We brought those 16 mechanical and chemical engineers to Sunnyvale, California, and spent six months having them work in our facility to learn how printed circuit boards are made. One of the chief engineers, James Ho, became one of my best understudies, and he’s now the EVP and CTO of NanYa PCB.

Johnson: So, here you are in 1983, in Taiwan, and there are key players in your initial team who have helped form the industry. Obviously, some of these skills come out of that. What’s the next one?

Holden: The next one is 1984 to 1985 when we moved to Taiwan to build the factory. That’s when I realized that English is the second language for these guys. They’re really good at reading it, but when you speak English, they only get about 25 to 30% of what you’re talking about, because when they read it, they can look up words in an English to Chinese dictionary. Very quickly, I realized this project wasn’t going to work with me sitting down and having meetings with them. I had to write the minutes out ahead and, as my kids came home from school and were doing their homework, I would write out drafts, books, and information about a meeting we would be having in two weeks. This gave the engineers time to read, translate, and digest the information so that when we got to the meeting, they didn’t have to rely on just picking it up through the English conversations. For two solid years, everything was written out. I wrote them an entire book about the management systems that ran printed circuit sales, marketing, and quality systems. That discipline of having to write everything down just stuck with me.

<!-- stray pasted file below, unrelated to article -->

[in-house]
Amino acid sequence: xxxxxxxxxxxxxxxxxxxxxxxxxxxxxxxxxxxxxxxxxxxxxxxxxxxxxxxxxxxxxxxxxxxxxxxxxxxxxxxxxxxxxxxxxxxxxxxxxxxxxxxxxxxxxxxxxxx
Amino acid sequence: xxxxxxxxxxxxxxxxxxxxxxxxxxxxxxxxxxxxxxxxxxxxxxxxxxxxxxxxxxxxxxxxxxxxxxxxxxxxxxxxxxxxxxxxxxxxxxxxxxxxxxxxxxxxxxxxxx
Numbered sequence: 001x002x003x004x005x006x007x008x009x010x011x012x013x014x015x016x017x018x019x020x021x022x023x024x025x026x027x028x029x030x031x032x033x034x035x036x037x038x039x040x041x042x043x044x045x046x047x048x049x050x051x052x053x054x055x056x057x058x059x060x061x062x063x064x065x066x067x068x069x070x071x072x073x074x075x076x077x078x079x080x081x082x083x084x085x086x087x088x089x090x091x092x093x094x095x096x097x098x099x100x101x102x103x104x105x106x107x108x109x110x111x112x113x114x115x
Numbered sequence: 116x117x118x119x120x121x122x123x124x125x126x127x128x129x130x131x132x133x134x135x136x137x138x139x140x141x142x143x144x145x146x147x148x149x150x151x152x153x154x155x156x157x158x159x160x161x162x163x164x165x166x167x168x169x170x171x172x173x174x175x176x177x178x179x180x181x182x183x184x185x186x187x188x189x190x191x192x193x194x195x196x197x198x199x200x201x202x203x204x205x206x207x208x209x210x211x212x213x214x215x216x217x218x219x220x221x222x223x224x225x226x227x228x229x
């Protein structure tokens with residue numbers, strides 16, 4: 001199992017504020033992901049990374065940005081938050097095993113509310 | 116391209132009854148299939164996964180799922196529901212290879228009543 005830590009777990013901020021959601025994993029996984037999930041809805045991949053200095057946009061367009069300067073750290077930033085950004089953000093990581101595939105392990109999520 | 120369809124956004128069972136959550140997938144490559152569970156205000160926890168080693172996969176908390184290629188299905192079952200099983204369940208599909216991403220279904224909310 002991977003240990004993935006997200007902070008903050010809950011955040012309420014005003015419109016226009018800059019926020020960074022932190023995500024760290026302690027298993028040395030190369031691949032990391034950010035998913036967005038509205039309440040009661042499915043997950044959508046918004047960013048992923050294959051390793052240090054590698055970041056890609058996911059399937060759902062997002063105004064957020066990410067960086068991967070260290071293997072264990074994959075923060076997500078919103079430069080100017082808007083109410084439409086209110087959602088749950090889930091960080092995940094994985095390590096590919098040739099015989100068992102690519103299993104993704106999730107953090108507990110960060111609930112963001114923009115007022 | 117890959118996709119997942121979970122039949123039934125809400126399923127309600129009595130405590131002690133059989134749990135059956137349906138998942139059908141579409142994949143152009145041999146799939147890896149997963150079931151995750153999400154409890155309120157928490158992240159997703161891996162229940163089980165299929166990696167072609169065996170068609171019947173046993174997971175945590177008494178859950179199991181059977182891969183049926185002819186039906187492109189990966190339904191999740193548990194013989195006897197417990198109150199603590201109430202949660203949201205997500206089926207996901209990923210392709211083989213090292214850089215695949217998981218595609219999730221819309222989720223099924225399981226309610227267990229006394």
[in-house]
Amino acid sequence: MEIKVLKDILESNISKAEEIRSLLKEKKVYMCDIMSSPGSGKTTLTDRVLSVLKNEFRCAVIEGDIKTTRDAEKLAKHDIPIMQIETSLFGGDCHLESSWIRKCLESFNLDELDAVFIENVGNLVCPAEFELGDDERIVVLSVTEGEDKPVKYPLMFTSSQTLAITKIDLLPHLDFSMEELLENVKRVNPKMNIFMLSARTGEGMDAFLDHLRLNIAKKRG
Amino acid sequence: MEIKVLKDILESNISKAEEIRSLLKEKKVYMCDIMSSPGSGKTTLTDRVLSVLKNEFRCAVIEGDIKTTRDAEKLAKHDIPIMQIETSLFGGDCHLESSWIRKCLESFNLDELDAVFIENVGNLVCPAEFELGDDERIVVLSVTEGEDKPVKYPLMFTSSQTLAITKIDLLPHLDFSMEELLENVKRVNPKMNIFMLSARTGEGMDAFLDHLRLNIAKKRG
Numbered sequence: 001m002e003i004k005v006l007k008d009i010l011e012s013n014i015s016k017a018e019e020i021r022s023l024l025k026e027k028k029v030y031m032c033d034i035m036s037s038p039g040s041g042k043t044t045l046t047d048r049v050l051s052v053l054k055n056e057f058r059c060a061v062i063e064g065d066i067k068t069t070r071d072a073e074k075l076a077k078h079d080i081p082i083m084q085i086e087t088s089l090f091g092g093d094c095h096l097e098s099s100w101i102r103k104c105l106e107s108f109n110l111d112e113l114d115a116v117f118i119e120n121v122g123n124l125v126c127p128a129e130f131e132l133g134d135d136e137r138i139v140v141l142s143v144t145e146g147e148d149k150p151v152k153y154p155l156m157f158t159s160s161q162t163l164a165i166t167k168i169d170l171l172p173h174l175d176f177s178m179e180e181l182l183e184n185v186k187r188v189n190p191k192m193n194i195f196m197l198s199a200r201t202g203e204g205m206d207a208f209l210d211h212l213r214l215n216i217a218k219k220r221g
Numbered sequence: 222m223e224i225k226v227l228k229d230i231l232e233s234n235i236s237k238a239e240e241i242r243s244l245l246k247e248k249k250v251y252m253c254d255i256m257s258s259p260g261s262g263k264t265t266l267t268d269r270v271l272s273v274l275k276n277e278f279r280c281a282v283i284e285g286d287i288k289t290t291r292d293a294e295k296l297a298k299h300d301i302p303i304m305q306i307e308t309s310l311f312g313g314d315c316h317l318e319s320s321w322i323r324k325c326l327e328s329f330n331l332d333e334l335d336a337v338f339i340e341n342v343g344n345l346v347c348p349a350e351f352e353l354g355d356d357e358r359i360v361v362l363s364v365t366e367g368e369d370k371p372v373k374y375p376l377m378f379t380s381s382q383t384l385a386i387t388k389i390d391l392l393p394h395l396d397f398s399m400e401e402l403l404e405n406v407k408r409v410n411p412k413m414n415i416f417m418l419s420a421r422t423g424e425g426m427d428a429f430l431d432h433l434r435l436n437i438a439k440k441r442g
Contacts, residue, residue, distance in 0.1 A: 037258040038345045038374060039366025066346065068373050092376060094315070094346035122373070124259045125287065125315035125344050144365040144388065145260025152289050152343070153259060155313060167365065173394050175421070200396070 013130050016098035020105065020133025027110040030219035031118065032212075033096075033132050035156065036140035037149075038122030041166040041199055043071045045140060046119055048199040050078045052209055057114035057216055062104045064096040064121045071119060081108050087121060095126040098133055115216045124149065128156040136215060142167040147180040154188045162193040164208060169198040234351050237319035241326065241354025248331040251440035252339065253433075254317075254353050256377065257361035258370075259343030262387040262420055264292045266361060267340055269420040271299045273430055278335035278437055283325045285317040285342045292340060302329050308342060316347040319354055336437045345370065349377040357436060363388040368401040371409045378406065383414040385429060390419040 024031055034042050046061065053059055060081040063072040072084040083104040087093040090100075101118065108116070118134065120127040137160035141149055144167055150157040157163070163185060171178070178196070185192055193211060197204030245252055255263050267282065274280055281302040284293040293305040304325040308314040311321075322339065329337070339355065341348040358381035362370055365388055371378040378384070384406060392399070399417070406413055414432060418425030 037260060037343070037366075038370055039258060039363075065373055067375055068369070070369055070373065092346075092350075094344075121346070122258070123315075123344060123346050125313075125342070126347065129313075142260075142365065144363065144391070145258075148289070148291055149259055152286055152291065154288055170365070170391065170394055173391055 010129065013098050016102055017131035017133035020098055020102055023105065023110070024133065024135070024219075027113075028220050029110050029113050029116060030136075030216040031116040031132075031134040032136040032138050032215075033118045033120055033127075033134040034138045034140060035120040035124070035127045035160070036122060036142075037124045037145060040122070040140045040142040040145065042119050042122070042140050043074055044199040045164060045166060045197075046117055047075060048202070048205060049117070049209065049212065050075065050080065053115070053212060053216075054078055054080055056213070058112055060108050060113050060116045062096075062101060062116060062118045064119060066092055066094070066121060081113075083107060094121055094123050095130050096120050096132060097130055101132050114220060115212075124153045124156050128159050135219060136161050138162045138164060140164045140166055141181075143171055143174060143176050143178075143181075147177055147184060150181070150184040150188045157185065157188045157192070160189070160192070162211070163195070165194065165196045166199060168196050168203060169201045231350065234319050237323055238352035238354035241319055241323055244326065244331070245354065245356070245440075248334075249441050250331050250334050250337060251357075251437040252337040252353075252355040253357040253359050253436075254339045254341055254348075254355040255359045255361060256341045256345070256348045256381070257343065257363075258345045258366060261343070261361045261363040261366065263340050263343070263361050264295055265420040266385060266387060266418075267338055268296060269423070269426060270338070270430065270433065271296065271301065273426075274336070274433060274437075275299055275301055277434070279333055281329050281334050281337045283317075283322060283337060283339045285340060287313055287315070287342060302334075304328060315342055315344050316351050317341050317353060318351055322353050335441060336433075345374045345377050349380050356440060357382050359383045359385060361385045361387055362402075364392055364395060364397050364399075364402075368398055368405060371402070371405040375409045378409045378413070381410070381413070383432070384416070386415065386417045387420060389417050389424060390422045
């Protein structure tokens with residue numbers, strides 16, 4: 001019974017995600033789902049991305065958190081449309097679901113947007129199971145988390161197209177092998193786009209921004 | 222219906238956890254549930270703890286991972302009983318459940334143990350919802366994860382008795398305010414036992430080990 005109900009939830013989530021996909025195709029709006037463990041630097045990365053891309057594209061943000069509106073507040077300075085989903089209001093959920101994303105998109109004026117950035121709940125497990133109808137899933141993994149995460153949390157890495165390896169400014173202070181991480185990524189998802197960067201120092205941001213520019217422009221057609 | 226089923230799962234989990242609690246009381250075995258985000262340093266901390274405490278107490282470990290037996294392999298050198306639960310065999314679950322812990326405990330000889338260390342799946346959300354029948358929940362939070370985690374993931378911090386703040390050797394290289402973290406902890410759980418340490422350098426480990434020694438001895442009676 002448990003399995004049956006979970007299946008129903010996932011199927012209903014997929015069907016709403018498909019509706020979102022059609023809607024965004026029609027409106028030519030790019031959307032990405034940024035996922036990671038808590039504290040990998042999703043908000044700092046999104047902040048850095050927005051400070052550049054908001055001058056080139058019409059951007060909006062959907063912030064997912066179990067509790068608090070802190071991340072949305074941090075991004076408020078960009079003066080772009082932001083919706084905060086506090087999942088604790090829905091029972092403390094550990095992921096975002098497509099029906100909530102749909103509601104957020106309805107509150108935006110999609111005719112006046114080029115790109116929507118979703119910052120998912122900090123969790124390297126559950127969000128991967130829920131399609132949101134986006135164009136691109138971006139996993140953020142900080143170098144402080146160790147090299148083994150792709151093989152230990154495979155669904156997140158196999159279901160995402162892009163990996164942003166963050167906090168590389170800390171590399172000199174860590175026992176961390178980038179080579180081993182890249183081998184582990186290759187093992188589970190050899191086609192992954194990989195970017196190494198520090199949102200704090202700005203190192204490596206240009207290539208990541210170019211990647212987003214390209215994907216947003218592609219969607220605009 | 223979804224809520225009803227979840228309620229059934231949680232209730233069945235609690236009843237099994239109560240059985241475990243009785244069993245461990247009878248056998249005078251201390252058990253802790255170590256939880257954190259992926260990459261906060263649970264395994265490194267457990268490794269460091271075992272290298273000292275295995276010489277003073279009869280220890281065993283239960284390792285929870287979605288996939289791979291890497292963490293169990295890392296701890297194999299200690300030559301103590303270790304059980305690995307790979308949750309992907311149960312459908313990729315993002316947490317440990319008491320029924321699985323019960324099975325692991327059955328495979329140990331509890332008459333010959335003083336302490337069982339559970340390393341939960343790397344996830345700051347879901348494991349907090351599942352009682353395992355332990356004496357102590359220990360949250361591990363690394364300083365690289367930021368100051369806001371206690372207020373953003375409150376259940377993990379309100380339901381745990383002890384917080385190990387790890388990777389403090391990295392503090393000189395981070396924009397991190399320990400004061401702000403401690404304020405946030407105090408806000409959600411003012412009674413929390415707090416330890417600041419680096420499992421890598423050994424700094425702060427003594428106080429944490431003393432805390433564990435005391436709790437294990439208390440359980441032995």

By 1987, with everything successfully running, I moved to Hong Kong to be a market development manager for automation. To make this automated factory work, we had to write all the software to plug together HP computers and their software. We did it with software engineers and we were so successful that HP and Formosa formed a new company, HPFPG, which was a 51% owned by Hewlett Packard, as a system integrator.